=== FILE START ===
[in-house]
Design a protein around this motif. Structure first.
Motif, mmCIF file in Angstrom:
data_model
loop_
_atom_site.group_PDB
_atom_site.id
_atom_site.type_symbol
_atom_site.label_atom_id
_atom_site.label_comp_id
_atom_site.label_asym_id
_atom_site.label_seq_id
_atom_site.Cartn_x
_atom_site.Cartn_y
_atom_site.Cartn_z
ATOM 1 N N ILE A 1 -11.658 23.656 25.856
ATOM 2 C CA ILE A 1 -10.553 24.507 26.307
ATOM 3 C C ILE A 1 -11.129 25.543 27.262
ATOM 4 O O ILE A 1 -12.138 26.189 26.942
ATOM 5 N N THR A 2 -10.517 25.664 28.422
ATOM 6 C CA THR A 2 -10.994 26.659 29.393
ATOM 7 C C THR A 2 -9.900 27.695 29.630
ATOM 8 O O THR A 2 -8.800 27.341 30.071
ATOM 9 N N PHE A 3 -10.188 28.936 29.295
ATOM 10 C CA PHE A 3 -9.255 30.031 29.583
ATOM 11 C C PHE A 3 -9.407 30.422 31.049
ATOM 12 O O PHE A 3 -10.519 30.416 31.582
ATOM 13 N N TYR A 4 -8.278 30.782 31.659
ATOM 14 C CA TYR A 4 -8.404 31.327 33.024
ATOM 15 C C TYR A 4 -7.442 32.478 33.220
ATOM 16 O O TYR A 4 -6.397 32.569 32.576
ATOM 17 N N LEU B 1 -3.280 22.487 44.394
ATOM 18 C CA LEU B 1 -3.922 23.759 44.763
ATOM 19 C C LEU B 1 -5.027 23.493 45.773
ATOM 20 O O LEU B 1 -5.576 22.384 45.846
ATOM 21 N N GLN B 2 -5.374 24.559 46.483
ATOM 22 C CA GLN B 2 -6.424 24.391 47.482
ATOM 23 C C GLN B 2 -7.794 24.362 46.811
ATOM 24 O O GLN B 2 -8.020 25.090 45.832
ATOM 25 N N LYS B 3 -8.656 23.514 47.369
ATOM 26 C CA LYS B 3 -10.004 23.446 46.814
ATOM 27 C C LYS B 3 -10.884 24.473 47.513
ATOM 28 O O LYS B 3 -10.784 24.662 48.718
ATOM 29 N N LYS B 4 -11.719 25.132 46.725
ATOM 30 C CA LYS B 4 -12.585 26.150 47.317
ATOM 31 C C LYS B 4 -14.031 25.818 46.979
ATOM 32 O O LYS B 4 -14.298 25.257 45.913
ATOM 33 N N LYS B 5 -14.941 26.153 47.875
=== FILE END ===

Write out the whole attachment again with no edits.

[in-house]
Design a protein around this motif. Structure first.
Motif, mmCIF file in Angstrom:
data_model
loop_
_atom_site.group_PDB
_atom_site.id
_atom_site.type_symbol
_atom_site.label_atom_id
_atom_site.label_comp_id
_atom_site.label_asym_id
_atom_site.label_seq_id
_atom_site.Cartn_x
_atom_site.Cartn_y
_atom_site.Cartn_z
ATOM 1 N N ILE A 1 -11.658 23.656 25.856
ATOM 2 C CA ILE A 1 -10.553 24.507 26.307
ATOM 3 C C ILE A 1 -11.129 25.543 27.262
ATOM 4 O O ILE A 1 -12.138 26.189 26.942
ATOM 5 N N THR A 2 -10.517 25.664 28.422
ATOM 6 C CA THR A 2 -10.994 26.659 29.393
ATOM 7 C C THR A 2 -9.900 27.695 29.630
ATOM 8 O O THR A 2 -8.800 27.341 30.071
ATOM 9 N N PHE A 3 -10.188 28.936 29.295
ATOM 10 C CA PHE A 3 -9.255 30.031 29.583
ATOM 11 C C PHE A 3 -9.407 30.422 31.049
ATOM 12 O O PHE A 3 -10.519 30.416 31.582
ATOM 13 N N TYR A 4 -8.278 30.782 31.659
ATOM 14 C CA TYR A 4 -8.404 31.327 33.024
ATOM 15 C C TYR A 4 -7.442 32.478 33.220
ATOM 16 O O TYR A 4 -6.397 32.569 32.576
ATOM 17 N N LEU B 1 -3.280 22.487 44.394
ATOM 18 C CA LEU B 1 -3.922 23.759 44.763
ATOM 19 C C LEU B 1 -5.027 23.493 45.773
ATOM 20 O O LEU B 1 -5.576 22.384 45.846
ATOM 21 N N GLN B 2 -5.374 24.559 46.483
ATOM 22 C CA GLN B 2 -6.424 24.391 47.482
ATOM 23 C C GLN B 2 -7.794 24.362 46.811
ATOM 24 O O GLN B 2 -8.020 25.090 45.832
ATOM 25 N N LYS B 3 -8.656 23.514 47.369
ATOM 26 C CA LYS B 3 -10.004 23.446 46.814
ATOM 27 C C LYS B 3 -10.884 24.473 47.513
ATOM 28 O O LYS B 3 -10.784 24.662 48.718
ATOM 29 N N LYS B 4 -11.719 25.132 46.725
ATOM 30 C CA LYS B 4 -12.585 26.150 47.317
ATOM 31 C C LYS B 4 -14.031 25.818 46.979
ATOM 32 O O LYS B 4 -14.298 25.257 45.913
ATOM 33 N N LYS B 5 -14.941 26.153 47.875